The space is an important step for digital projects that we don’t typically get to stand in front of to appreciate. “A lot of the virtual art that we’re talking about, we just see it on our phones. They’re so small, how do we interact with them?” Dough-Boy asks. “Your phone screen is just in the palm of your hands, but if you see it in real life it’s a totally different thing. We just wanted that interaction between you and the artwork.”
The physical store also serves to put a friendly face to the BlueArk name. “It shows the people that it’s not fake, this is for real. We have a shop, you can find us. If anything goes wrong, we’re actually here. We’re not some anonymous person that’s going to run away with all your Ethereum. It’s impossible because you can find us.” Trust is something cryptocurrency cannot buy, and it is becoming increasingly precious as NFT scams rise. Investors infamously lost millions in the Evolved Apes rug pull on OpenSea when anonymous developer Evil Ape vanished a week after the launch date.
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The exhibition shows that Dough-Boy and his team are serious about this NFT thing. “Honestly, a lot of these so-called NFT projects in Hong Kong come and go. This whole past year we’ve seen a lot of them but they disappear within two, three months. There’s no follow-up. It’s almost like a cash grab. No one’s really, really trying to do it. Everyone’s just trying to draw a random avatar, sell it and get the cash out. People are thinking that doing this is a quick way to earn money. It can be, but it also could also be longer-term.”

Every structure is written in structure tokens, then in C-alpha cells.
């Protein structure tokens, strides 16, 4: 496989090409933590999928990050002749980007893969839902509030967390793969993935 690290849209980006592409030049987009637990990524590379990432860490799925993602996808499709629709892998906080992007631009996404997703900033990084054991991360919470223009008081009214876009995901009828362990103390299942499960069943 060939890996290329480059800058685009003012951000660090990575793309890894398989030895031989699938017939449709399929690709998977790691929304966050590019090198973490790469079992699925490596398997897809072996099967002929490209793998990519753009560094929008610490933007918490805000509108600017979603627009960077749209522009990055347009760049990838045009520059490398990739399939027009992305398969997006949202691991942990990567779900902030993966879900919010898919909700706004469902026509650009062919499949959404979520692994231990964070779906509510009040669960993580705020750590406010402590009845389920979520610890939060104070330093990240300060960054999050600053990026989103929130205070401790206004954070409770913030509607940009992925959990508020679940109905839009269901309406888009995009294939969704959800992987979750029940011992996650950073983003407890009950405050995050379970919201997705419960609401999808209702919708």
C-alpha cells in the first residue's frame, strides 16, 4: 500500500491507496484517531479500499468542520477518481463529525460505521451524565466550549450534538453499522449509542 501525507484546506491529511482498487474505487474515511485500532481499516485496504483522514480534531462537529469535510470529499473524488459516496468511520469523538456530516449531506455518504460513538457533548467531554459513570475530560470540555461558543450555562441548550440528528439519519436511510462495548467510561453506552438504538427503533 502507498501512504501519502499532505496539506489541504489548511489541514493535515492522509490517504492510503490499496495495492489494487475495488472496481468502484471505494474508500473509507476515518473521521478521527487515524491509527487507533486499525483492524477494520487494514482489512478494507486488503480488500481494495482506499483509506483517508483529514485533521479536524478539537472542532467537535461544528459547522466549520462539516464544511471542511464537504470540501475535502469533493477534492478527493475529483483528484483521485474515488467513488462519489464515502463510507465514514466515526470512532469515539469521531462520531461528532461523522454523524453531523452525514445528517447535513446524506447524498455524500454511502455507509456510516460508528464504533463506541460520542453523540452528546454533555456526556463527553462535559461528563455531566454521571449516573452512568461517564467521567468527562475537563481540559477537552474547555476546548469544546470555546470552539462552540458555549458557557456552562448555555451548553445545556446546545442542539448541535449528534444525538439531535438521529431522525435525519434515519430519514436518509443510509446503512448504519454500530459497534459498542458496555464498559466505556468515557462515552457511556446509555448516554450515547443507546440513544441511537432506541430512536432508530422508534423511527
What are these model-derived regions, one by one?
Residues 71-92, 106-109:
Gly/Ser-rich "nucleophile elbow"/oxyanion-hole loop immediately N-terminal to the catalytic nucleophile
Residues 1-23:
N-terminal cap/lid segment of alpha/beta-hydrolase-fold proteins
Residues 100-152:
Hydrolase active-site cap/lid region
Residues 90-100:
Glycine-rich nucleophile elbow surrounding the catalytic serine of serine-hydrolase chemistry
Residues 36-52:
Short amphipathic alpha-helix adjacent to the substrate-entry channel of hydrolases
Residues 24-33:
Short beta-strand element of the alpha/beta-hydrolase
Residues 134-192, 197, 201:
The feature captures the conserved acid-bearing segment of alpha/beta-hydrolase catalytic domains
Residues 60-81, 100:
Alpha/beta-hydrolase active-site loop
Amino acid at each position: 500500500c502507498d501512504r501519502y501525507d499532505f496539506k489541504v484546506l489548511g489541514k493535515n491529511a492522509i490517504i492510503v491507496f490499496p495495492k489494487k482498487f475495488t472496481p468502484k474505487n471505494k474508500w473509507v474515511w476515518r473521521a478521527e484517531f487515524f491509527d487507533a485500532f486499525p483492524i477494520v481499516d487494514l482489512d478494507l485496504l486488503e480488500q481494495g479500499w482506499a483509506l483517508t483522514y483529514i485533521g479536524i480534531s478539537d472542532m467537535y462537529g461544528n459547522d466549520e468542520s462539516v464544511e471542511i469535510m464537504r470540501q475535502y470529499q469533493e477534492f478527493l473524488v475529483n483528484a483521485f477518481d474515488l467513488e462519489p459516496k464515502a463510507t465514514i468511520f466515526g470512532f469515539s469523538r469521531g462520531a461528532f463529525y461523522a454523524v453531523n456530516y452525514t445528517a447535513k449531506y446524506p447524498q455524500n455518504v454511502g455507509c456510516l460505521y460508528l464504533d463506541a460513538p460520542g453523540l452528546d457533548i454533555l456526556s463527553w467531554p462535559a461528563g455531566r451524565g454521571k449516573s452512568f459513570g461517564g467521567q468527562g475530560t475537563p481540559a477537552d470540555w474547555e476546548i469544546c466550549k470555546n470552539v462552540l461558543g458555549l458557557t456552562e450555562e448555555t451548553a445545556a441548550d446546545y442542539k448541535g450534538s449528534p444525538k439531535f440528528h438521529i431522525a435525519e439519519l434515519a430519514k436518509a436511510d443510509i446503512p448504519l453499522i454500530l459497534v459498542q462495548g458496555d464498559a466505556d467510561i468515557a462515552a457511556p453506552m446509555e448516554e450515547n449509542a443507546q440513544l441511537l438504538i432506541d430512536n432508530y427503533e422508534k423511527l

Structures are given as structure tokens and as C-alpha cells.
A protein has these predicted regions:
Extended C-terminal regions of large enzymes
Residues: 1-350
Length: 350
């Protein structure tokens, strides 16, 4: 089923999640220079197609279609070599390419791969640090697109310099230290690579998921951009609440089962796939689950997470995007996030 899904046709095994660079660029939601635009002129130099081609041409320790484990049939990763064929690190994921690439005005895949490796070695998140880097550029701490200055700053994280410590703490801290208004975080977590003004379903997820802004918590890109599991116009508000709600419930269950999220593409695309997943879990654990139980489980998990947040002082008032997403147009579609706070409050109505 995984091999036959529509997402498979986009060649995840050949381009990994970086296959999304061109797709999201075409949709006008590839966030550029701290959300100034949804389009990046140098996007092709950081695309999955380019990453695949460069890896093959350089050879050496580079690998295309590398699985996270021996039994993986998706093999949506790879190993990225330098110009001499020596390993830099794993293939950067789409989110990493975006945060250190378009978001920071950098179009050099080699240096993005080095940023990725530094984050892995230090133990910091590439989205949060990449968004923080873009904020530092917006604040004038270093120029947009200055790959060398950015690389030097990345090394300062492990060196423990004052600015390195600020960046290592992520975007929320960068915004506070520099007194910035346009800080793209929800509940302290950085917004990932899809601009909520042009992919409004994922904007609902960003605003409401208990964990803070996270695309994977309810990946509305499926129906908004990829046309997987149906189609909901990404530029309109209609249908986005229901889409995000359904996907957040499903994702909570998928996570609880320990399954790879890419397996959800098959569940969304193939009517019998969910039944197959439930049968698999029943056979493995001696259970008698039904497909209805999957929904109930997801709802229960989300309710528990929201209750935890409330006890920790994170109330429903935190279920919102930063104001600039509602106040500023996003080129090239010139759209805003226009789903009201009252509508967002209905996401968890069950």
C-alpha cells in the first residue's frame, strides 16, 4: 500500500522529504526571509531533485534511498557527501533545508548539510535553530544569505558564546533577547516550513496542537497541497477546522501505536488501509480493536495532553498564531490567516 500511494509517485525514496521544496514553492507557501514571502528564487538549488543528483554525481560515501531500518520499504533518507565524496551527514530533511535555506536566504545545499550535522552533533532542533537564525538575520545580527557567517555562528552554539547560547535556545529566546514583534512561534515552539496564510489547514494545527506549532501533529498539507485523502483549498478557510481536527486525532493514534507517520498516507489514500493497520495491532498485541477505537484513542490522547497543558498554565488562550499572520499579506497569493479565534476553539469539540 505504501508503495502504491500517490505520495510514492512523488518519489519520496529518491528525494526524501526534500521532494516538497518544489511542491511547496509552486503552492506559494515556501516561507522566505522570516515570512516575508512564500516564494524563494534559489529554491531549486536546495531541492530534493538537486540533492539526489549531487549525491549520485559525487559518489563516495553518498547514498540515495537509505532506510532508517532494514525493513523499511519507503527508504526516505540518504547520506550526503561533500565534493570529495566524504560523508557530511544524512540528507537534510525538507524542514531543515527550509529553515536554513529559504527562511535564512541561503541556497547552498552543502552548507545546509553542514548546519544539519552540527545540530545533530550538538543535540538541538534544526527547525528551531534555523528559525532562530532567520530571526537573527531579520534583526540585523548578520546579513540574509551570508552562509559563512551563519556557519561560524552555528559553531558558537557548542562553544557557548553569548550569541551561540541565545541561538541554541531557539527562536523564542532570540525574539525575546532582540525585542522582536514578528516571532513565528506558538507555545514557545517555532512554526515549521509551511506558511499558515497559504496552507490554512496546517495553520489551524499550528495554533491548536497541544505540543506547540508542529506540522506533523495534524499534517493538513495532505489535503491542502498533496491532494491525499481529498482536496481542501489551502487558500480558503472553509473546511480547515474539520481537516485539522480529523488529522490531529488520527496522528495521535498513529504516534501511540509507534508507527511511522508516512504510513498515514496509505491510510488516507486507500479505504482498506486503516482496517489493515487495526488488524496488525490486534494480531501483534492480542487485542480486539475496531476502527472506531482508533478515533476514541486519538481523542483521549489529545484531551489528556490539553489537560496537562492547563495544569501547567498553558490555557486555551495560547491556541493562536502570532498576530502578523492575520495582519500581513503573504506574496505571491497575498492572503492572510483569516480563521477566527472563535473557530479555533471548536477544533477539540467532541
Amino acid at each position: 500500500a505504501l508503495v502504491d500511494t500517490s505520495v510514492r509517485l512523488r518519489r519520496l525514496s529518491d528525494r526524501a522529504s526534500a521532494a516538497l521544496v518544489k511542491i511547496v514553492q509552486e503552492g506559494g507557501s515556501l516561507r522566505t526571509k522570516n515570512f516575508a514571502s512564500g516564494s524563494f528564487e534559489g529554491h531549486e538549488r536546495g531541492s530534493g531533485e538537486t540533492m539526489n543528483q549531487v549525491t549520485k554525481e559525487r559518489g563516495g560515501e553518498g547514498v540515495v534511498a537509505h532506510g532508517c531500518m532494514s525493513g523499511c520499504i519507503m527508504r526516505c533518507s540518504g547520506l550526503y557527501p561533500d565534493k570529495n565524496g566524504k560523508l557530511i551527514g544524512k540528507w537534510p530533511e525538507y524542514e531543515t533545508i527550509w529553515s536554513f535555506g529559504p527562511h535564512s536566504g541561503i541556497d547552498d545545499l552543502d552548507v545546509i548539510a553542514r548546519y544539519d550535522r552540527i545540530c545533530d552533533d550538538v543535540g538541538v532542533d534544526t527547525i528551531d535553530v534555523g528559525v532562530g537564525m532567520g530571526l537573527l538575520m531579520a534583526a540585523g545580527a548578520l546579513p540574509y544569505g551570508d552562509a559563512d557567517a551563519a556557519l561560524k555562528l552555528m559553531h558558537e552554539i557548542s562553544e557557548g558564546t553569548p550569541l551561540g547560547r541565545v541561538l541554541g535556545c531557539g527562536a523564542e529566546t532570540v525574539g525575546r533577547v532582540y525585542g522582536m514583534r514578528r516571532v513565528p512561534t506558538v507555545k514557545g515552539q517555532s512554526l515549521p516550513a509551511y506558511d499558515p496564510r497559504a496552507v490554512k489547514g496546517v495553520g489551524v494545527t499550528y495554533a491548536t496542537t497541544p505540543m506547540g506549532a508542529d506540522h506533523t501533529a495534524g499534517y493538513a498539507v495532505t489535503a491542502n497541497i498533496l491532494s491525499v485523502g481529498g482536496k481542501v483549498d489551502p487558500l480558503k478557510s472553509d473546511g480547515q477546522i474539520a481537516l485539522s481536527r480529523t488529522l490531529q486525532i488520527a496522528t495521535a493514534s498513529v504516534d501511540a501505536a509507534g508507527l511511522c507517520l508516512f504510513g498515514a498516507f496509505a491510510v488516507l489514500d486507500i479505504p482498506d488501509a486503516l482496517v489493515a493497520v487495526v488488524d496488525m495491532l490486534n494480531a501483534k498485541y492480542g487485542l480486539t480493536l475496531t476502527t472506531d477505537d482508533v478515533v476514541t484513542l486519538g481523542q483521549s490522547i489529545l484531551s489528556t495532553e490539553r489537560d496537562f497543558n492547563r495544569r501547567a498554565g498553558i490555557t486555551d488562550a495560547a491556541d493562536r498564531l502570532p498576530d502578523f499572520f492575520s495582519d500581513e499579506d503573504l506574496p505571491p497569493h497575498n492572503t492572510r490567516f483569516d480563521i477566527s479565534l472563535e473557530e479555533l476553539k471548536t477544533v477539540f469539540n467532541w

To make things even more meta, you will soon be able to visit the exhibition…virtually. Partnering with The Sandbox, a blockchain-based gaming virtual world, Dough-Boy is building BlueArk Land, Asia’s first clubbing metaverse hub. “It’s not exactly a club,” Dough-Boy says. “It’s an art gallery with music in the background so you can hang out.” Featuring a gallery, a wrestling room, a live concert stage and a shop, BlueArk Land intends to centre the social experience.
“I kind of looked at metaverses as an extension of real life. In the entire human experience, people just want interaction or validation, we just want to be part of a community. That’s why we’re on social media, that’s why we’re posting pictures trying to get likes, because we just want to be part of something, right? So I thought, if you’re in the metaverse, it has to be like a social hub. You have to go in and meet people and talk to people. I don’t want it to be like a game where you just walk around and don’t meet people. You gotta meet people. That’s the biggest thing about being human.”
When asked if there are plans for a virtual Dough-Boy concert in BlueArk Land, the musician responds, “Nah.” Dough-Boy isn’t abandoning music for the metaverse, nor is he just using his crypto projects to promote his music. He would just rather get his friends and other artists into the platform to perform. “I just want to be the platform creator instead of the music creator. In real life, I’m still doing music and producing music for other people. In this whole virtual thing, I don’t want to be that guy.” Dough-Boy is undoubtedly becoming an expert at juggling different worlds, real and virtual.